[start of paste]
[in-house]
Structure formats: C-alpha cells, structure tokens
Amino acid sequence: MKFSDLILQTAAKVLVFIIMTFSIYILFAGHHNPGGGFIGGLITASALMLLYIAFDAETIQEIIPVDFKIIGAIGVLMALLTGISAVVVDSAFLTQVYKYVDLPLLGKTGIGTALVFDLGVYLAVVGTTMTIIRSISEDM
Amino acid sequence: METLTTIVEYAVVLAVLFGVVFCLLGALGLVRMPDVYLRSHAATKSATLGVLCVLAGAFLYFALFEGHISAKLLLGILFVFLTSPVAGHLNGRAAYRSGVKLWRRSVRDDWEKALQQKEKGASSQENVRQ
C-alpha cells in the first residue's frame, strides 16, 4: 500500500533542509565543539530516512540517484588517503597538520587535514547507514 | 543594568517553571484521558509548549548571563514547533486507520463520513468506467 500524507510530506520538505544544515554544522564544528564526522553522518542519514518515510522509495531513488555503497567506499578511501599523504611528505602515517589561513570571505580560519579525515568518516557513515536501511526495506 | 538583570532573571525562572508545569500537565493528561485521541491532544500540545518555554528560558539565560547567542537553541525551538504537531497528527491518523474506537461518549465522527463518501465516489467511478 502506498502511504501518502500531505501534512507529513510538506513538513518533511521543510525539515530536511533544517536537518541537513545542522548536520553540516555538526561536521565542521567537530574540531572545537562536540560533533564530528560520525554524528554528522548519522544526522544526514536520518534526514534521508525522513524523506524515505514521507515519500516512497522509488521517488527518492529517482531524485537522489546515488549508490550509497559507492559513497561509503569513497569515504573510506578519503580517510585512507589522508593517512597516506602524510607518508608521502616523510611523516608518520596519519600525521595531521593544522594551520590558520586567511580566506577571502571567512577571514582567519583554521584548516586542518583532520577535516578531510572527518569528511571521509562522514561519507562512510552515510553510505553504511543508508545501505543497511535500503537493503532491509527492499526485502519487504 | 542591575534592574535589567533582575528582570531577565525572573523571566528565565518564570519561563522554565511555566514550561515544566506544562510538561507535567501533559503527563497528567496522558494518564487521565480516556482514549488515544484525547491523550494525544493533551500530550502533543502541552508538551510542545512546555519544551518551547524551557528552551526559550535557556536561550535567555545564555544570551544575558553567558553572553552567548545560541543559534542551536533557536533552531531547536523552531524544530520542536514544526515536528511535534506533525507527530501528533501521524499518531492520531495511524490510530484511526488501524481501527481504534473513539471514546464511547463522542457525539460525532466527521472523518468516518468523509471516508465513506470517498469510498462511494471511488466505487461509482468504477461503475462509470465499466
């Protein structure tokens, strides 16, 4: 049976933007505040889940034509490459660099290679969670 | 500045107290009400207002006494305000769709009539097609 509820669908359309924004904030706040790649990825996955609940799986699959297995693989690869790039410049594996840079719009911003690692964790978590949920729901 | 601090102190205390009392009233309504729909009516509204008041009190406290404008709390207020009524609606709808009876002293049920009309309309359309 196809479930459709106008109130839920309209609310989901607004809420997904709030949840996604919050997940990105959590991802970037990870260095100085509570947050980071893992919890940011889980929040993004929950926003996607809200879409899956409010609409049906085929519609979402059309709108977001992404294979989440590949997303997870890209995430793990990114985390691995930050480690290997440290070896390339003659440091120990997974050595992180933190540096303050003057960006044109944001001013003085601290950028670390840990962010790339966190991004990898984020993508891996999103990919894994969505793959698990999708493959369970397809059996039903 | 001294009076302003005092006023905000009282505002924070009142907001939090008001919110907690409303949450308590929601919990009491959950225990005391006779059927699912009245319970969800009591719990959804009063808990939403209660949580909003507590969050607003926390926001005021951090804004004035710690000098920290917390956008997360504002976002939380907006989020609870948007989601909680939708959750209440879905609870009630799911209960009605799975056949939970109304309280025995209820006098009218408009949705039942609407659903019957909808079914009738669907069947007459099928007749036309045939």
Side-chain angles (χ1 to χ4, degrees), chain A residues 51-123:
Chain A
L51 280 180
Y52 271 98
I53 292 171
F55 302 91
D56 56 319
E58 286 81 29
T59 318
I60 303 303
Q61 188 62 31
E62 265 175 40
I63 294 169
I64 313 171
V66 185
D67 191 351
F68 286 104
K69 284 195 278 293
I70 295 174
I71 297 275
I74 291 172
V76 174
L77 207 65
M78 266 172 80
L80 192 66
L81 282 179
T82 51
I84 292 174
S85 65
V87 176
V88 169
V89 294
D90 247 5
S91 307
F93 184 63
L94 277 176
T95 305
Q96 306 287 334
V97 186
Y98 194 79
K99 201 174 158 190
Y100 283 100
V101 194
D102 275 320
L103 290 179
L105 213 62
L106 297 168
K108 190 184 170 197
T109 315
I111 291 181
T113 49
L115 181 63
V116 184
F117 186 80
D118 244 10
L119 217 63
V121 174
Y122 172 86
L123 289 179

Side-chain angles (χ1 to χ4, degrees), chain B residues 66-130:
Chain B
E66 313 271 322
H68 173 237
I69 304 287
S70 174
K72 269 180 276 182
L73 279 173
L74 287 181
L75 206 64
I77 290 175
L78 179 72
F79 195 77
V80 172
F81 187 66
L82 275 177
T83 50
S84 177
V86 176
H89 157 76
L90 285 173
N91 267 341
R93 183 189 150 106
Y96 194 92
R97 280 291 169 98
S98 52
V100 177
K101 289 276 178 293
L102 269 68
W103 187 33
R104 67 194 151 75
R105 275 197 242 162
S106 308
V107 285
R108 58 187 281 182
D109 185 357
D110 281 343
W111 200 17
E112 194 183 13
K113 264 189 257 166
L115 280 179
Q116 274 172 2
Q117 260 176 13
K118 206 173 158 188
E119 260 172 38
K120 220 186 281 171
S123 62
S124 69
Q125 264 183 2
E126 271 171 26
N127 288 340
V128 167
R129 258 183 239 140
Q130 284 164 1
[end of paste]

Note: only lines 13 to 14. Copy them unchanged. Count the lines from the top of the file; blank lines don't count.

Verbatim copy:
D56 56 319
E58 286 81 29